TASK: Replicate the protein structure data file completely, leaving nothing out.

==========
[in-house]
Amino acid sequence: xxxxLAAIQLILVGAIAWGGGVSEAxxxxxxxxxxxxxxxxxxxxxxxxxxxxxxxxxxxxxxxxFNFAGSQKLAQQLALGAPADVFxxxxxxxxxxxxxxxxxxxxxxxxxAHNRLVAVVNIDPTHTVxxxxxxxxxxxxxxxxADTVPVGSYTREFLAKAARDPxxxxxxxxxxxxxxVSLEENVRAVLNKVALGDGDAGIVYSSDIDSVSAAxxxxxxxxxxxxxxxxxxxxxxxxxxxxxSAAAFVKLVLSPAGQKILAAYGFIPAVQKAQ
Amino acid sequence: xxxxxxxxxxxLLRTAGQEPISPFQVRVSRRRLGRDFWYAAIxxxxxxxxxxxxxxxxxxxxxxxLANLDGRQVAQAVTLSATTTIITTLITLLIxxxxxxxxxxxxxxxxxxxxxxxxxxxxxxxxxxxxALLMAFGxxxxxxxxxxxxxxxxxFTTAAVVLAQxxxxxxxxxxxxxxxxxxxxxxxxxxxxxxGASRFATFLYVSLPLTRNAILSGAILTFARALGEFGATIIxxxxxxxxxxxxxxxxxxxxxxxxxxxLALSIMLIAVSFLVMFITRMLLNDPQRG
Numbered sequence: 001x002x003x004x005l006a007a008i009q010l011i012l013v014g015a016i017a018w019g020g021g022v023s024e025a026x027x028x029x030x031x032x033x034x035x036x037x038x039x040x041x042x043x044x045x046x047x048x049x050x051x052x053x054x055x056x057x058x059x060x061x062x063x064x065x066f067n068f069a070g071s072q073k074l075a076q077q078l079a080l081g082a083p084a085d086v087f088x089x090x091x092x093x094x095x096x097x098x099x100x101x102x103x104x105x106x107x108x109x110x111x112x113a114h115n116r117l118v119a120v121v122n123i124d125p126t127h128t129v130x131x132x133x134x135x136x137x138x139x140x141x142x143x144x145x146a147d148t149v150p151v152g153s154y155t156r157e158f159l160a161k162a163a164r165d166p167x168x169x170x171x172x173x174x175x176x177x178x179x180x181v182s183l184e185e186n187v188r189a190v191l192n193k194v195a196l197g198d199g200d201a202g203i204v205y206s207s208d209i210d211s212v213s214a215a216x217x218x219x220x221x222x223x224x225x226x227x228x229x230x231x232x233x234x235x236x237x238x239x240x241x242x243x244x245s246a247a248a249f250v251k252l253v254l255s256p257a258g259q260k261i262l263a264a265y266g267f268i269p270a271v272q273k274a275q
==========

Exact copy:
[in-house]
Amino acid sequence: xxxxLAAIQLILVGAIAWGGGVSEAxxxxxxxxxxxxxxxxxxxxxxxxxxxxxxxxxxxxxxxxFNFAGSQKLAQQLALGAPADVFxxxxxxxxxxxxxxxxxxxxxxxxxAHNRLVAVVNIDPTHTVxxxxxxxxxxxxxxxxADTVPVGSYTREFLAKAARDPxxxxxxxxxxxxxxVSLEENVRAVLNKVALGDGDAGIVYSSDIDSVSAAxxxxxxxxxxxxxxxxxxxxxxxxxxxxxSAAAFVKLVLSPAGQKILAAYGFIPAVQKAQ
Amino acid sequence: xxxxxxxxxxxLLRTAGQEPISPFQVRVSRRRLGRDFWYAAIxxxxxxxxxxxxxxxxxxxxxxxLANLDGRQVAQAVTLSATTTIITTLITLLIxxxxxxxxxxxxxxxxxxxxxxxxxxxxxxxxxxxxALLMAFGxxxxxxxxxxxxxxxxxFTTAAVVLAQxxxxxxxxxxxxxxxxxxxxxxxxxxxxxxGASRFATFLYVSLPLTRNAILSGAILTFARALGEFGATIIxxxxxxxxxxxxxxxxxxxxxxxxxxxLALSIMLIAVSFLVMFITRMLLNDPQRG
Numbered sequence: 001x002x003x004x005l006a007a008i009q010l011i012l013v014g015a016i017a018w019g020g021g022v023s024e025a026x027x028x029x030x031x032x033x034x035x036x037x038x039x040x041x042x043x044x045x046x047x048x049x050x051x052x053x054x055x056x057x058x059x060x061x062x063x064x065x066f067n068f069a070g071s072q073k074l075a076q077q078l079a080l081g082a083p084a085d086v087f088x089x090x091x092x093x094x095x096x097x098x099x100x101x102x103x104x105x106x107x108x109x110x111x112x113a114h115n116r117l118v119a120v121v122n123i124d125p126t127h128t129v130x131x132x133x134x135x136x137x138x139x140x141x142x143x144x145x146a147d148t149v150p151v152g153s154y155t156r157e158f159l160a161k162a163a164r165d166p167x168x169x170x171x172x173x174x175x176x177x178x179x180x181v182s183l184e185e186n187v188r189a190v191l192n193k194v195a196l197g198d199g200d201a202g203i204v205y206s207s208d209i210d211s212v213s214a215a216x217x218x219x220x221x222x223x224x225x226x227x228x229x230x231x232x233x234x235x236x237x238x239x240x241x242x243x244x245s246a247a248a249f250v251k252l253v254l255s256p257a258g259q260k261i262l263a264a265y266g267f268i269p270a271v272q273k274a275q